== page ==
There he stood, come to a full stop at the edge of his parents’ property. Hand held up to shield the sun, he seemed to be sizing up the day’s potential. Pickens were slim, and he had anticipated as much, which is why he put all of the confiscated toys back in the pillowcase before heading out to make his rounds, hoping that he could trick himself into believing he had made a decent haul when he carried it back home for the day. His eyes landed on Susie, whose gaze shot down to her diary again.

“What do we have here? A book?” He grumble-muttered the words to himself in a voice forced to sound so low that it would have had a cute and comical effect to any grown-up, had one heard it. “It’ll have to do,” he said and coughed, having tickled his throat with the gravel in his voice.

The minutes it took for Travis to lug the arbalest over to her side of the street was pure, anxious bliss for Susie.

“Susie, gimme that book or I’ll shoot your butt off!”

“Anything you say, Mr. Travis. But it’s a diary…FYI.”

“Just hand it over! Or I’ll shoot that pretty little face of yours right off too!”

Travis had heard a bank robber character in a movie refer to a teller’s face as pretty and little – in the movie it was a dark and sinister moment, ripe with the kind of intimidation Travis strove for, but when she heard it, Susie’s pretty and little face lit up from an inner glow whose light was reflected off two hundred and two shimmering butterfly wings.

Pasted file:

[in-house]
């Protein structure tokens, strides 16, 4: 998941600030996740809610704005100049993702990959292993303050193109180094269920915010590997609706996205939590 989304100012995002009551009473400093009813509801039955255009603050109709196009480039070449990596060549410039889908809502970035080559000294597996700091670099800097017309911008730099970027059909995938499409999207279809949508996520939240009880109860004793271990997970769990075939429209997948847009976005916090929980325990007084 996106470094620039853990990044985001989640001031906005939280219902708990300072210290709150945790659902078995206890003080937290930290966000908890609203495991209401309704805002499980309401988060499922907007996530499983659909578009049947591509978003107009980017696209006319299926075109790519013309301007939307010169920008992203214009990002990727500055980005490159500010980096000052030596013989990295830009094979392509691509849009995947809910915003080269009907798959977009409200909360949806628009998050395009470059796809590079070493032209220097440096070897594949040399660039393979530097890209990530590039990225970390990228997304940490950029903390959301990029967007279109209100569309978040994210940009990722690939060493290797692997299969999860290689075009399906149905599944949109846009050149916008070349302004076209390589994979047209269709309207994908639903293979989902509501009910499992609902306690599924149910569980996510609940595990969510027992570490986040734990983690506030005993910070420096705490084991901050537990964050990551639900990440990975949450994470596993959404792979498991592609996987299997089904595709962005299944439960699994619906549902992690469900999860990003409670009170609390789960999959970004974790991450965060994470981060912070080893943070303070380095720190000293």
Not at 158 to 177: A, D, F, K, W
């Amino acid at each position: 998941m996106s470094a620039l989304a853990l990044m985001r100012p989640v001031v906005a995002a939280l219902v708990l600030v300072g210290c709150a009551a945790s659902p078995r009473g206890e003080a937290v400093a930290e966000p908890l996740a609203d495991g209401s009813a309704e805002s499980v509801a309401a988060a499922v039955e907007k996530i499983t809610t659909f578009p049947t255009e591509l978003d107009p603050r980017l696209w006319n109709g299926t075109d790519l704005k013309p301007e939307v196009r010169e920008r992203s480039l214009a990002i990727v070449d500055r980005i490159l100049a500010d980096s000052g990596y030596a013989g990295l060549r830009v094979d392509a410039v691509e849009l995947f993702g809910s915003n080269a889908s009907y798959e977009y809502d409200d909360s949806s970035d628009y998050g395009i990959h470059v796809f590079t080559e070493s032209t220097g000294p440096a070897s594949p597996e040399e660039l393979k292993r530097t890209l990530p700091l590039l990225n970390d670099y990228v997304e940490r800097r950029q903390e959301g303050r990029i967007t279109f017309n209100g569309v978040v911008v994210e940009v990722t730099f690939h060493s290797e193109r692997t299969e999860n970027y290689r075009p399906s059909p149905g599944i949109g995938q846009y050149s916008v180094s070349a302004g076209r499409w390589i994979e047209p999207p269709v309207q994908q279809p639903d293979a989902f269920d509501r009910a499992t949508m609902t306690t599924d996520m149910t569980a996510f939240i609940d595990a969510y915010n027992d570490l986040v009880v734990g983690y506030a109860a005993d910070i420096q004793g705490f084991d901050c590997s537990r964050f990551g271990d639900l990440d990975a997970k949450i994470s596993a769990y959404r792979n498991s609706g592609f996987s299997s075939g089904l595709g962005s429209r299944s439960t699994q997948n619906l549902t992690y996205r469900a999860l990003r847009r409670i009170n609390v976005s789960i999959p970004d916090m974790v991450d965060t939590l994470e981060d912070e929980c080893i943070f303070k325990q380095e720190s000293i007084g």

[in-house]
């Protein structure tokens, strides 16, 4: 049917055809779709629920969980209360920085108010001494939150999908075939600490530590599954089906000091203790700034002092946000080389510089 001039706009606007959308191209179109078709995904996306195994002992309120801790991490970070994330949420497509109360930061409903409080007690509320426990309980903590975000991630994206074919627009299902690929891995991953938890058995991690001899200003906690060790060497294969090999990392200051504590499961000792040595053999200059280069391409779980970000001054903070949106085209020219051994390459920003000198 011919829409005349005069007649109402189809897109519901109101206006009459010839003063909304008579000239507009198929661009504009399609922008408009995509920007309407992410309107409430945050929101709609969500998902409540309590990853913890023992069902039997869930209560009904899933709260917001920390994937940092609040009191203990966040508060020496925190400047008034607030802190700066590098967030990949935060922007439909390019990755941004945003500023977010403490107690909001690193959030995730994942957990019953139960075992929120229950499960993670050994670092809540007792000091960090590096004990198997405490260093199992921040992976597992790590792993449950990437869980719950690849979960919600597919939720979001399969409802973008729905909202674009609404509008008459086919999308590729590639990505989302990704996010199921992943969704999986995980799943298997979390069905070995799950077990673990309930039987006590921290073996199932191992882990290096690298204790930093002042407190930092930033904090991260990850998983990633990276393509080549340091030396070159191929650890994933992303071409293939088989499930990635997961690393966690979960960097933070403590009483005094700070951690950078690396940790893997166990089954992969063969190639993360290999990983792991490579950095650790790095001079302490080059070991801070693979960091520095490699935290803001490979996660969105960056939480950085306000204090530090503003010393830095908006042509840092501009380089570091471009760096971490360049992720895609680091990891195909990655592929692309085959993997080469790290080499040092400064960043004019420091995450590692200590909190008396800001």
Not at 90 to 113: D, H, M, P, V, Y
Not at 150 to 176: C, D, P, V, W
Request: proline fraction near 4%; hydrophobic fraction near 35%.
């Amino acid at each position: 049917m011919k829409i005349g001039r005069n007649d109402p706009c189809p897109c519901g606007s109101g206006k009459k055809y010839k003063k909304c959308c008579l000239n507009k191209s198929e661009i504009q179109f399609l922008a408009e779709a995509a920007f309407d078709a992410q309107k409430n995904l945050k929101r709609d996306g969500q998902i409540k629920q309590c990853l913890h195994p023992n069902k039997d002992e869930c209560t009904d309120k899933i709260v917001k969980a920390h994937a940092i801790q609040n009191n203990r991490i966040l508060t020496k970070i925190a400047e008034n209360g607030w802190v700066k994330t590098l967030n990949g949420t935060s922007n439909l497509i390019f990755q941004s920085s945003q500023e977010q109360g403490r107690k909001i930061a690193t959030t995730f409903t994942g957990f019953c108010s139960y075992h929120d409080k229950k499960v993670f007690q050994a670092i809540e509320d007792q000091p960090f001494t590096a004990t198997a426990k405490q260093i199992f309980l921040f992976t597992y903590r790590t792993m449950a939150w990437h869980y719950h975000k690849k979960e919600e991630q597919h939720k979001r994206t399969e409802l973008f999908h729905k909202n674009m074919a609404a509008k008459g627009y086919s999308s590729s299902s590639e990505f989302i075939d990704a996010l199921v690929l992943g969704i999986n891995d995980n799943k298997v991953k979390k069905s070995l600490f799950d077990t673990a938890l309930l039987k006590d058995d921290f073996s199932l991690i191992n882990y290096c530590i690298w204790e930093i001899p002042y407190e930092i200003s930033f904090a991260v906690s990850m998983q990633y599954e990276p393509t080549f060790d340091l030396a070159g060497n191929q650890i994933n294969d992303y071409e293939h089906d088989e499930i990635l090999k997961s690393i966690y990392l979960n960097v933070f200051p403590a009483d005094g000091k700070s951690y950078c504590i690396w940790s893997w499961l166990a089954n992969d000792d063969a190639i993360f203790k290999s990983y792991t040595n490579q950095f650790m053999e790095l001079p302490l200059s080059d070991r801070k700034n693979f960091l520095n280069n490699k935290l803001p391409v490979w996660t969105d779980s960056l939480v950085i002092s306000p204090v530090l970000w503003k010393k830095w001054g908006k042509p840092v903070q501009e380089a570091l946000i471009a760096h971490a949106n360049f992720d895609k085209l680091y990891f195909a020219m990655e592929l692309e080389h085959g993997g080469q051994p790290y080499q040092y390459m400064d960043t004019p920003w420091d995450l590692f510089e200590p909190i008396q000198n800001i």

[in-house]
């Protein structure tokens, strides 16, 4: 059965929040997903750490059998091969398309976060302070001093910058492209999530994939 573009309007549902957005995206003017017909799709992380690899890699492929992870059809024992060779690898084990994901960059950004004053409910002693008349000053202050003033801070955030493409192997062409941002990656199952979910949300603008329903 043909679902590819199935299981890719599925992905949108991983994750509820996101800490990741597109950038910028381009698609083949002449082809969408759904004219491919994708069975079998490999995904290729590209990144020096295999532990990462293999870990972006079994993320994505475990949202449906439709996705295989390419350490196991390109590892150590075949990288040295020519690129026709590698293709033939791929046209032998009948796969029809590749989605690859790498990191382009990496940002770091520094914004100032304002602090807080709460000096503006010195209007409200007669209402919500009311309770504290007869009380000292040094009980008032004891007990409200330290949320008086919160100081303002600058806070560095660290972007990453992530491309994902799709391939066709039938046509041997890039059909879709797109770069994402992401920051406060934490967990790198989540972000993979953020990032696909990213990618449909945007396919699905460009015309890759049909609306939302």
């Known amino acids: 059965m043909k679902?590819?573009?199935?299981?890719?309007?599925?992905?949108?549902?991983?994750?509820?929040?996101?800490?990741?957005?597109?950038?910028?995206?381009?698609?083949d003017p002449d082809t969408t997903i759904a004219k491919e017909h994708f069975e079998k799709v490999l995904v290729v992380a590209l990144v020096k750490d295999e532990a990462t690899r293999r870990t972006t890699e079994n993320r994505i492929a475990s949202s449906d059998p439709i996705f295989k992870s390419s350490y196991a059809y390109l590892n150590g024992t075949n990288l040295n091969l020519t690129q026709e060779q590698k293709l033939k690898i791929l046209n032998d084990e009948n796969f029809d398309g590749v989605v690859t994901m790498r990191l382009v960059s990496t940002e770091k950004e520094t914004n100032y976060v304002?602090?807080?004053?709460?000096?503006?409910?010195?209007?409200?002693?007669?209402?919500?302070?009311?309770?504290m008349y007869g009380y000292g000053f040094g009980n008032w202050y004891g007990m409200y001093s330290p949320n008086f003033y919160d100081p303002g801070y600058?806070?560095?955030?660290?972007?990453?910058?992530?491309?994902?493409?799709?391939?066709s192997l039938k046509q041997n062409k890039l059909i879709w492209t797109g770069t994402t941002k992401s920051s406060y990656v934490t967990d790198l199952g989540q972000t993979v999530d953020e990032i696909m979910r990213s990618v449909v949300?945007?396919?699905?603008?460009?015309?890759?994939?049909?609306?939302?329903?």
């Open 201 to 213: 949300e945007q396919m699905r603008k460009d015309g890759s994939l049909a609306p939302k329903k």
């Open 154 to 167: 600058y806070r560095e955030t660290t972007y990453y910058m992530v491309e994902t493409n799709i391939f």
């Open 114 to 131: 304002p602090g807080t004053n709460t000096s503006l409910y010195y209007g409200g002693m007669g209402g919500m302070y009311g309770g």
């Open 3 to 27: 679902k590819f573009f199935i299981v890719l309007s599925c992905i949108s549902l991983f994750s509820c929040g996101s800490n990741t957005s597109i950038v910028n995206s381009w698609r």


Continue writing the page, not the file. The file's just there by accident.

“You… you really think I’m a pretty lady?”

Travis’ eyebrows leapt from their stern, low perch to reach a new height of horror, and he dropped both the pillowcase and the crossbow as Susie jumped to her feet in slow motion to envelope the object of her affection within her thin arms.

An odd, vulnerable, and high-pitched noise emerged from Travis’ throat before he found the time to panic properly: breaking free of her lock and running home in tears, occasionally shouting about the harmful effects of cootie exposure. Susie, too, cried. She went inside to be hushed and hugged by her parents, but she took with her the heavy, antiquated weaponry, which slowed the process down considerably.

When a calm finally put a period on the raucous scene that took place that day, children slowly emerged from their homes and rummaged through the pillow case, taking only what was rightfully theirs. The street was at peace again, and all of its younger residents offered nods, smiles, and – ultimately – respect to Susie. There was a new sheriff in town, and she cheered up when she figured out what her first order of business must be.